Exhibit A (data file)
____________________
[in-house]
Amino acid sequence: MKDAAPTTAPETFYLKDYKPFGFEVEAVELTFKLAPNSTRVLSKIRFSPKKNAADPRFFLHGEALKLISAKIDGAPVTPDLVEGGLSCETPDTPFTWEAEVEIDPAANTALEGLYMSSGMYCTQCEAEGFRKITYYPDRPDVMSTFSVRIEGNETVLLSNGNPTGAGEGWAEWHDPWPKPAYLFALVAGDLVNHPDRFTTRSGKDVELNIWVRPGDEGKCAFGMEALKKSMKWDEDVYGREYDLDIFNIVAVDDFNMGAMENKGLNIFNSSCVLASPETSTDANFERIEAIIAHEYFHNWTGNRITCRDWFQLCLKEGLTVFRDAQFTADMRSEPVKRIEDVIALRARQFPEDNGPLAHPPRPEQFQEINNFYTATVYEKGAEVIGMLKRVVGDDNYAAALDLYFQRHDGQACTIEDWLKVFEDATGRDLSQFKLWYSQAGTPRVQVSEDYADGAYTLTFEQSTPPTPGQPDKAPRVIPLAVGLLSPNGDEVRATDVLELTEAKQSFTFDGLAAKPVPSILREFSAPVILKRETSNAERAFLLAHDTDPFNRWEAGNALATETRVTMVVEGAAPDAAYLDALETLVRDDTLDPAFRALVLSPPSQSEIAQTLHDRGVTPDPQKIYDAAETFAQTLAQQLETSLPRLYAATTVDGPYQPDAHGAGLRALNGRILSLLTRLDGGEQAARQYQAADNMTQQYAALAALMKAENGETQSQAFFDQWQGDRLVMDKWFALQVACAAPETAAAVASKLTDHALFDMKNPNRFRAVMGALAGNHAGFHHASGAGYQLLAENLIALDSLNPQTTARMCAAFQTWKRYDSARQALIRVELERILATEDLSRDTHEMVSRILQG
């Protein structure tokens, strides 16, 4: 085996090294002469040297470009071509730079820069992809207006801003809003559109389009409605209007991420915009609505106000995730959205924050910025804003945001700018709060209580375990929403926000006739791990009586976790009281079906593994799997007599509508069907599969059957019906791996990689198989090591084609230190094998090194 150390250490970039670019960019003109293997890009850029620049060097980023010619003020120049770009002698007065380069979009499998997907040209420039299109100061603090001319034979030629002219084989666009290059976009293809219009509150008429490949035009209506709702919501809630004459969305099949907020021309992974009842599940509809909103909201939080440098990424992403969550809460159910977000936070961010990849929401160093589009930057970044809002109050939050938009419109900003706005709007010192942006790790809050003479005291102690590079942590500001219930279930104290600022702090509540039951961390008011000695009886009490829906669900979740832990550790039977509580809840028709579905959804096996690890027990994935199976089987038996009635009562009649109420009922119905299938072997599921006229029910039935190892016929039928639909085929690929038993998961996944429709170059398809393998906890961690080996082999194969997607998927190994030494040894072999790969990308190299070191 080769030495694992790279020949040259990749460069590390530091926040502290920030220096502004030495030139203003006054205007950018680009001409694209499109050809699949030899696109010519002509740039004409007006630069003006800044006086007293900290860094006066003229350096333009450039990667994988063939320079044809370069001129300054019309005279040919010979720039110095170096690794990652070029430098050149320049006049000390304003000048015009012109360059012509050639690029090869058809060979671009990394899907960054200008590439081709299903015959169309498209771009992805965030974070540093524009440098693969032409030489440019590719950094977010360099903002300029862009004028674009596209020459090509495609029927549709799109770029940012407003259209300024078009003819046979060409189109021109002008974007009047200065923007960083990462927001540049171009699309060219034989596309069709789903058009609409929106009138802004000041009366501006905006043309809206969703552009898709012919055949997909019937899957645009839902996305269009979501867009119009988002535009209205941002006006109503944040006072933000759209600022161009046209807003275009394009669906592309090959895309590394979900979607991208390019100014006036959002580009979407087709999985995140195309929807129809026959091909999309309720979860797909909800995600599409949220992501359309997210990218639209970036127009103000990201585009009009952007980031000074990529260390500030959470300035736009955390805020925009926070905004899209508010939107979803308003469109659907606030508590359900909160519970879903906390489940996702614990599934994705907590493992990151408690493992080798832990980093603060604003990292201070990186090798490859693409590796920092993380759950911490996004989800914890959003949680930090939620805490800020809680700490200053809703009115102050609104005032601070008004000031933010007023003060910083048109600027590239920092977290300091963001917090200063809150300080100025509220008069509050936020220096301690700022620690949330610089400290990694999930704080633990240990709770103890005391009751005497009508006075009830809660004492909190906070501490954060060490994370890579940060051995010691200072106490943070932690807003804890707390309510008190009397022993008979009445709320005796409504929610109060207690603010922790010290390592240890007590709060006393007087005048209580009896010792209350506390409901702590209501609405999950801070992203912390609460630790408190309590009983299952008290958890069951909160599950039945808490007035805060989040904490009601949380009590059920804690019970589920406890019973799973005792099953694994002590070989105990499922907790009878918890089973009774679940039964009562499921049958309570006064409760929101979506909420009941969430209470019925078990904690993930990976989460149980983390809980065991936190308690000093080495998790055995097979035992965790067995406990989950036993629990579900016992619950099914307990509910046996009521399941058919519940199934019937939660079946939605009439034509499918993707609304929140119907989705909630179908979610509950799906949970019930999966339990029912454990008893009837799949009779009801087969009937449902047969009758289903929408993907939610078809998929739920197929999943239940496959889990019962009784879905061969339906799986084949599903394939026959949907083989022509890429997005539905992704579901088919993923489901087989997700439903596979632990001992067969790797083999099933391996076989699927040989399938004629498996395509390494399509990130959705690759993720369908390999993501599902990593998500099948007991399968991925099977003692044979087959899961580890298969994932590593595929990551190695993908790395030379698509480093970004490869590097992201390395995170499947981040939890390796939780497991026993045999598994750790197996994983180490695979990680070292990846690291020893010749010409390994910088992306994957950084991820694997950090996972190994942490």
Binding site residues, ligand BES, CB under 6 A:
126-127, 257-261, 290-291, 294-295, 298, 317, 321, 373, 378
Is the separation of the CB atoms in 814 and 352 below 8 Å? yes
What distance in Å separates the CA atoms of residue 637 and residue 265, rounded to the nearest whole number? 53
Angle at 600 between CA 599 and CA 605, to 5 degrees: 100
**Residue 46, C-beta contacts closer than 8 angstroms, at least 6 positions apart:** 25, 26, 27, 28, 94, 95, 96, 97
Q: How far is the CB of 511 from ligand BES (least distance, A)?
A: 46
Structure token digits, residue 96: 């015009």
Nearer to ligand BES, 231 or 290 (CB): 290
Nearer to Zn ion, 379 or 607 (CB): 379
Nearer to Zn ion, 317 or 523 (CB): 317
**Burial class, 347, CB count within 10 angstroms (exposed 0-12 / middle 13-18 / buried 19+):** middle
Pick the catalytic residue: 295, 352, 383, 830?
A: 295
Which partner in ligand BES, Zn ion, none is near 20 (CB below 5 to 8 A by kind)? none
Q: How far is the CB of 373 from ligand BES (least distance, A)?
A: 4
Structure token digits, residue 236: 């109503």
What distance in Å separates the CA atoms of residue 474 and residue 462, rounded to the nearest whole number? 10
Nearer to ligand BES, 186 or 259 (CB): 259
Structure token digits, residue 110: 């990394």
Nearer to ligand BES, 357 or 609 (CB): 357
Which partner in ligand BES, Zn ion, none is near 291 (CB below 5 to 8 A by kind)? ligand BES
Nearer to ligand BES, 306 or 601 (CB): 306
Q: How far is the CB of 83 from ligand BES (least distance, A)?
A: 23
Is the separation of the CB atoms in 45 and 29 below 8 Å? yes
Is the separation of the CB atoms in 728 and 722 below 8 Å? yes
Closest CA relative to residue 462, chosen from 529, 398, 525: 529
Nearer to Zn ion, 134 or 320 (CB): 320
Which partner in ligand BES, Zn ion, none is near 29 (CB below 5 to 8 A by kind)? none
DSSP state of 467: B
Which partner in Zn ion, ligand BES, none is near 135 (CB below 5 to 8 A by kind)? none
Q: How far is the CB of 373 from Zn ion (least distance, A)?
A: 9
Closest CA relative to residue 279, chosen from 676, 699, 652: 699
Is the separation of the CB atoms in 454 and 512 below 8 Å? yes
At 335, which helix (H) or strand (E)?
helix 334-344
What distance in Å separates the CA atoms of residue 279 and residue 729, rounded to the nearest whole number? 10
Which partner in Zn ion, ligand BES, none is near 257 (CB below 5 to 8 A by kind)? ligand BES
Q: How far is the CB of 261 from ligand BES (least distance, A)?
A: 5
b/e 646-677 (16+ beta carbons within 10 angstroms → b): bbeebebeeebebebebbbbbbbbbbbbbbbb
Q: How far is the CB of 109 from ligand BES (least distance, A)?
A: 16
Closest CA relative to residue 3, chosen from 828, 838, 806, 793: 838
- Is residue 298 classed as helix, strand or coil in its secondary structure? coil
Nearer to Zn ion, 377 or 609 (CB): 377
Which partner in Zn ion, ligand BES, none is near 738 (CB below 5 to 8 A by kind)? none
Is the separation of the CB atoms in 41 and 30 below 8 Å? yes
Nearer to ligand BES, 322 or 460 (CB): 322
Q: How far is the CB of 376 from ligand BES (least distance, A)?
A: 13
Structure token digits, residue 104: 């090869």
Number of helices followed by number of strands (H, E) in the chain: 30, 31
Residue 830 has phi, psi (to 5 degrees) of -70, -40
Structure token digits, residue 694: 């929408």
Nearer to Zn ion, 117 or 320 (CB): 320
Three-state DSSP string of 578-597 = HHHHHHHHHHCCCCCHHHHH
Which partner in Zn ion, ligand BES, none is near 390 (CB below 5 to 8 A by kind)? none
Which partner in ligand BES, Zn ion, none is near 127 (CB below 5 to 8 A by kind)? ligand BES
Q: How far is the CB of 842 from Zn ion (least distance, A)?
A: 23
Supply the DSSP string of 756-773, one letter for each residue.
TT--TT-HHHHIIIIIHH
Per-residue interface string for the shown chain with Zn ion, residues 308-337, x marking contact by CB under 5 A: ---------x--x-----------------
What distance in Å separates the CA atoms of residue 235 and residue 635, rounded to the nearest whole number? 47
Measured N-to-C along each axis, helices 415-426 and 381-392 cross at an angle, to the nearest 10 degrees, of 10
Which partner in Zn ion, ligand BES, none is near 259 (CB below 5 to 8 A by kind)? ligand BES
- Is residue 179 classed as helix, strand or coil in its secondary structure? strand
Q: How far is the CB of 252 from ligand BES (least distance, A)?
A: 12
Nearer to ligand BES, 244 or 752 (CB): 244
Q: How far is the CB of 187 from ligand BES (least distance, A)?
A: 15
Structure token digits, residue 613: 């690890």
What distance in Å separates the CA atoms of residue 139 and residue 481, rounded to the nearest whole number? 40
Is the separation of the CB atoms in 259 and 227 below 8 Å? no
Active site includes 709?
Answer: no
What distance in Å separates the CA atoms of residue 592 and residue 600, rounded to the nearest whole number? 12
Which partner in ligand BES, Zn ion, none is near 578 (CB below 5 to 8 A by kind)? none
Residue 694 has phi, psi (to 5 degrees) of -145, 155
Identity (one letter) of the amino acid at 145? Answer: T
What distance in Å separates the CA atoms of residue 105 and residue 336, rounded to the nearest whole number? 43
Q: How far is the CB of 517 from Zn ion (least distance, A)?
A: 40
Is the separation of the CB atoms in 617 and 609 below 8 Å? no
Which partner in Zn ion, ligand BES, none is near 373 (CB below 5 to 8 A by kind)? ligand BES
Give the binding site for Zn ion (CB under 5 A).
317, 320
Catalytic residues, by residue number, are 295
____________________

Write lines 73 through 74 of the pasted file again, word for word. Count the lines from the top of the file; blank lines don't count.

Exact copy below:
Measured N-to-C along each axis, helices 415-426 and 381-392 cross at an angle, to the nearest 10 degrees, of 10
Which partner in Zn ion, ligand BES, none is near 259 (CB below 5 to 8 A by kind)? ligand BES